Dirk Lotriet
2 minute read
14 Dec 2018
9:30 am

The odds are so much better for the bad guys

Dirk Lotriet

I’m sure each and every reader can tell hair-raising stories about criminal arrogance and police incompetence.

Image: iStock

Snapdragon was shaken when she arrived home on Wednesday.

She went out for lunch with colleagues in Parktown North, and they witnessed an armed robbery.

A woman was held at gunpoint in her Porsche and robbed of everything she had – right in front of them. Close enough for them to hit the criminal with a croissant. Even if you throw like a girl, as the lovely Snapdragon does.

Of course, I was extremely worried after she messaged me about the incident, particularly when I couldn’t reach her on her phone. But she was also worried and hid all her fancy possessions, including her precious damn phone, when she braved the traffic back home.

In hindsight, I would have been much more comfortable if she elected to fly to lunch on her broom.

Well, dear reader, my heart always bleeds for the owners of flashy German sports cars who get hit by Gauteng’s criminals. They have already been robbed by the car dealers, and to take their jewellery, cash and cellphones is only adding insult to injury.

According to Snapdragon, most of the other people in the eatery continued with their lunch without interrupting the rhythm of their jaws.

ecause they have probably seen it all before.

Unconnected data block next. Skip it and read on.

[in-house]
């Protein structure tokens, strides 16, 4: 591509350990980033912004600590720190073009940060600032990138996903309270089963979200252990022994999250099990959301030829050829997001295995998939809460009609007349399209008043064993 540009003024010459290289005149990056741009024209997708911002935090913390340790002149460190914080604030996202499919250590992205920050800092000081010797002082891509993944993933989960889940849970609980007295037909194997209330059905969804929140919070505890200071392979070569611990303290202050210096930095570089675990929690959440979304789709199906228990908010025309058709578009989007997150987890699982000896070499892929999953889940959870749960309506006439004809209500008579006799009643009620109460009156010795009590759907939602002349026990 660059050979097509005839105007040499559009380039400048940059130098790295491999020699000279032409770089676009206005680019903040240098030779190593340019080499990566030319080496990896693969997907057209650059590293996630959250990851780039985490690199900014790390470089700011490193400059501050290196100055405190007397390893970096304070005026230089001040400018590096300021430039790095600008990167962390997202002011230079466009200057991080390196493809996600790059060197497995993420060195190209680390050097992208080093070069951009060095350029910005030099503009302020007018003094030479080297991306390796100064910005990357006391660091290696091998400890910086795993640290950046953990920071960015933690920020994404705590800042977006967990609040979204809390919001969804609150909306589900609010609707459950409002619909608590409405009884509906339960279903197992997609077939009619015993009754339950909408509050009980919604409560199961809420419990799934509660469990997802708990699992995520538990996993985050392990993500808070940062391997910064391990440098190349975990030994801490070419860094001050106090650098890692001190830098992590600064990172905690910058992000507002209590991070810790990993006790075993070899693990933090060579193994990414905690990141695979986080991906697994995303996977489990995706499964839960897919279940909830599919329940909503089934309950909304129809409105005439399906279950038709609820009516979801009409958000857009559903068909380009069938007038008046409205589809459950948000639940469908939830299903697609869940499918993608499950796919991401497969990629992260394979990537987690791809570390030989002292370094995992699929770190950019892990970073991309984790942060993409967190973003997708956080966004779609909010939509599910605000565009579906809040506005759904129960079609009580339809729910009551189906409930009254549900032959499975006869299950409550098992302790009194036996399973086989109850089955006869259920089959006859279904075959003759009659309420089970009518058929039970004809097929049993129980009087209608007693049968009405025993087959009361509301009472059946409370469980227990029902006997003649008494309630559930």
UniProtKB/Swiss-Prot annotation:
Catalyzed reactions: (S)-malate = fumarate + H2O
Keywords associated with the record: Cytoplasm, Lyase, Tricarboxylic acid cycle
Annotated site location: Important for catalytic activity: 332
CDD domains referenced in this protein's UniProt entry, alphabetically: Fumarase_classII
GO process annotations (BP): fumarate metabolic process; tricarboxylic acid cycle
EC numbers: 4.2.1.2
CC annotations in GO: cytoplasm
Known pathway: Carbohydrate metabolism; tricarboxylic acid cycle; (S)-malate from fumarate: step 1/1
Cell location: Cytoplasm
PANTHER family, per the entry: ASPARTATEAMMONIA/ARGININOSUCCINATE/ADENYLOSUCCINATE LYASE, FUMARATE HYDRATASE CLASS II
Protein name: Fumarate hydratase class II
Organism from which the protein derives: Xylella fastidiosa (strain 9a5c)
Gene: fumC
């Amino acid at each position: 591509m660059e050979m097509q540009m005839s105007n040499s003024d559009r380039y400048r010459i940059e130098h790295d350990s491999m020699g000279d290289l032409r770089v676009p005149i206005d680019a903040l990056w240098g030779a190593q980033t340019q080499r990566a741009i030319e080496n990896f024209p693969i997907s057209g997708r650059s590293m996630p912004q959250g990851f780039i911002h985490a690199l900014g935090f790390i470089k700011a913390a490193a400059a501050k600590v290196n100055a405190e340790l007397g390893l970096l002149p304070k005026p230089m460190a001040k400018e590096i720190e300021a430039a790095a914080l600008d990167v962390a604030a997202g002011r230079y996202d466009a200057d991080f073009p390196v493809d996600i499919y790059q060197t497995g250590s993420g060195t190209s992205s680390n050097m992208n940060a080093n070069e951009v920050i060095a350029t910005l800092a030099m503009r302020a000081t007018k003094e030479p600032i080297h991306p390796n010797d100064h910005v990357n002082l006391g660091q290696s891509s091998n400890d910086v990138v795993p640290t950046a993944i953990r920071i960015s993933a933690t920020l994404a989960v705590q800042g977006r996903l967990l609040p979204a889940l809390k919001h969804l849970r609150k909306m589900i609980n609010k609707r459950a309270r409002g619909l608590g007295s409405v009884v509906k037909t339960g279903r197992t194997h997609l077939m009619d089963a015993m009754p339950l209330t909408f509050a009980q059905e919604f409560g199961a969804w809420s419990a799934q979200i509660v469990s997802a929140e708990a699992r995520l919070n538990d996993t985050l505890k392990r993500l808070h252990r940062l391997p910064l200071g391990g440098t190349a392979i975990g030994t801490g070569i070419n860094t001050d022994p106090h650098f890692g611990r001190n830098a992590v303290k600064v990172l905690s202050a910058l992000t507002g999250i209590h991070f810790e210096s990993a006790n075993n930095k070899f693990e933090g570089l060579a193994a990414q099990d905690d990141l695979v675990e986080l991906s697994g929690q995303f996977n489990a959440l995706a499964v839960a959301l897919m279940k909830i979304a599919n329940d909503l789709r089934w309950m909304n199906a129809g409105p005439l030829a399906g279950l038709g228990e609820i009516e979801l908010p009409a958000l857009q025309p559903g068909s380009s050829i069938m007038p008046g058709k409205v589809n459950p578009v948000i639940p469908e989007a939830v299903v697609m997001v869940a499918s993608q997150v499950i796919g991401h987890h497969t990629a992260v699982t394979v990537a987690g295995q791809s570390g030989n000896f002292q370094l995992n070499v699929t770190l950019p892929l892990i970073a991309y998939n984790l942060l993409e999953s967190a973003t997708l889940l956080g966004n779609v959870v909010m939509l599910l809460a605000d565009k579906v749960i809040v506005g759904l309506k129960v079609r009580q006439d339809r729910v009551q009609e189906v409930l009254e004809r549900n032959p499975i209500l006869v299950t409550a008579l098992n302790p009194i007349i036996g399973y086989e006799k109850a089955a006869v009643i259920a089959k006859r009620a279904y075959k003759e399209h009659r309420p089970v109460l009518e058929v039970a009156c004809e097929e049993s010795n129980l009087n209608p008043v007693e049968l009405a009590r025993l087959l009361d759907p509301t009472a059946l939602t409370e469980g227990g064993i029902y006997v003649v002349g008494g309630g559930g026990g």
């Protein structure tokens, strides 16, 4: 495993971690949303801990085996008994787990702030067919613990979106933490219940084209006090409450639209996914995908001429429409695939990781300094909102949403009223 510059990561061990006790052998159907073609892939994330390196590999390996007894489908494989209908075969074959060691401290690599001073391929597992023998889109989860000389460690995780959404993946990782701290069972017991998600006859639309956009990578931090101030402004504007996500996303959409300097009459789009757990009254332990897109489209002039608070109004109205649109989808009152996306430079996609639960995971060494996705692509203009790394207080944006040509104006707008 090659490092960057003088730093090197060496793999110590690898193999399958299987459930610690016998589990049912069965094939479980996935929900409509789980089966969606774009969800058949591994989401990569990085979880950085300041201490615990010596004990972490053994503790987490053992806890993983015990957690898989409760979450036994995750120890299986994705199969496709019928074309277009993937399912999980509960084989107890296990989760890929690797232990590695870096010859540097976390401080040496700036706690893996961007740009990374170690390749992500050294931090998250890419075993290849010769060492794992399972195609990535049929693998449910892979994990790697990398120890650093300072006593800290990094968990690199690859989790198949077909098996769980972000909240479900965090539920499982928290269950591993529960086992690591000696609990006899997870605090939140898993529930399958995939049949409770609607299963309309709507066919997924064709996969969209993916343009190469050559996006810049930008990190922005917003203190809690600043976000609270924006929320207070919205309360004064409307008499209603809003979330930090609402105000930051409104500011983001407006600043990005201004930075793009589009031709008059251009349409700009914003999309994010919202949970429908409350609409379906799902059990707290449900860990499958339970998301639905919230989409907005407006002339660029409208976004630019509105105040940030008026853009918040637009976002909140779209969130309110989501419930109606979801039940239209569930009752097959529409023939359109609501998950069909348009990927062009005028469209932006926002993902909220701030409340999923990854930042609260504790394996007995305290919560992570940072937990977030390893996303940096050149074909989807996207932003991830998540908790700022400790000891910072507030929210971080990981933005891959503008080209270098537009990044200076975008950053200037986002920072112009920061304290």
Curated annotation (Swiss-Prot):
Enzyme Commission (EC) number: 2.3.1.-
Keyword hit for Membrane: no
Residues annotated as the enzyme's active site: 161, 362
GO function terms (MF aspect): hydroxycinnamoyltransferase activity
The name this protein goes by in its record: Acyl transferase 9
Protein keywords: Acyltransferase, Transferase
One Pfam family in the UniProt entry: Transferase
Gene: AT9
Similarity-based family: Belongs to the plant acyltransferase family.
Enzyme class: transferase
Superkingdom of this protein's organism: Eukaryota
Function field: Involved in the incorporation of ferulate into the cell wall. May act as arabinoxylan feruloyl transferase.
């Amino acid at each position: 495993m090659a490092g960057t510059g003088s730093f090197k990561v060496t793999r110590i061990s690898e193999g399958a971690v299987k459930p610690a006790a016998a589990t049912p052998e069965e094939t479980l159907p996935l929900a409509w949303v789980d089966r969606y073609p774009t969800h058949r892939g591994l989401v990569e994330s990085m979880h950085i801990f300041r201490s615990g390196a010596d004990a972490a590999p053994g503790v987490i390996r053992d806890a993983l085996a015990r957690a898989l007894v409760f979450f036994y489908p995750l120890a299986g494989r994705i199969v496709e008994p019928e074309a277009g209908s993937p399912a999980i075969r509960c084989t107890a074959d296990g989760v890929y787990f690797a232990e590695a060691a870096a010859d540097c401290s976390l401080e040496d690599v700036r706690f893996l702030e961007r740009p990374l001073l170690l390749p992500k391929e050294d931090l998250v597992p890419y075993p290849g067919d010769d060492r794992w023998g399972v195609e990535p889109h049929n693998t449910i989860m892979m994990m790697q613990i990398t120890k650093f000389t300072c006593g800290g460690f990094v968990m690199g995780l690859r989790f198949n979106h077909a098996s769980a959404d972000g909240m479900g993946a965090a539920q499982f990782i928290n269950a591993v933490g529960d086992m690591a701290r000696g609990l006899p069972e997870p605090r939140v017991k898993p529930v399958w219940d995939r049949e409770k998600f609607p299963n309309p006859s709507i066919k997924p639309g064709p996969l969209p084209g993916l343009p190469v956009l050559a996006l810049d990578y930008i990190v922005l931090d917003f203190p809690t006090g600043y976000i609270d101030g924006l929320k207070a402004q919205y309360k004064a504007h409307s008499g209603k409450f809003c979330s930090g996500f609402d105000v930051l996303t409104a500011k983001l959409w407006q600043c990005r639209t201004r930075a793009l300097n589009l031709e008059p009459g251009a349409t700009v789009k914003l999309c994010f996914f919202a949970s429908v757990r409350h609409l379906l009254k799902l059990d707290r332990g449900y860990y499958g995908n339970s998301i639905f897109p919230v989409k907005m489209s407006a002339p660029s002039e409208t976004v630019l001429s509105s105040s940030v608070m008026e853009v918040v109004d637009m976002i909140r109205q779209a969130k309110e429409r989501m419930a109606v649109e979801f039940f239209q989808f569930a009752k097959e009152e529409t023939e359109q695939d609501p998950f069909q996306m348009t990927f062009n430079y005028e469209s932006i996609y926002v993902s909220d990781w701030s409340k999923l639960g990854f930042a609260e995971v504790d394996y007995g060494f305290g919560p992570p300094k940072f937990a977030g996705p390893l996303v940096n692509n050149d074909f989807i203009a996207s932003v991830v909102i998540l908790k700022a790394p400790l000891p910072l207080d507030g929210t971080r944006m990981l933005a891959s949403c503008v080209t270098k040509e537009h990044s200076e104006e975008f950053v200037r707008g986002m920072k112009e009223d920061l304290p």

We live in a country where we have one of the biggest police forces in the world per capita, yet citizens who can afford it, have to buy their safety in the form of one of the security companies who operate at astronomical profit.

And arrogant criminals are still comfortable enough with the low odds of being caught.

Just think of the chaos after the Global Citizen Festival – in the presence of police members.

I’m sure each and every reader can tell hair-raising stories about criminal arrogance and police incompetence.

And don’t tell me the country doesn’t have the money to fight crime. We only have to draw it from the pockets of politicians, corrupt officials and the Guptas where it is held for safekeeping.

It might be time for the parliamentary committee on police to ask our law-enforcement agencies to explain the general disregard for law and order that reigns in the streets of this glorious country.

The hard-working taxpayers deserve to know.

Dirk Lotriet. Picture: Alaister Russell

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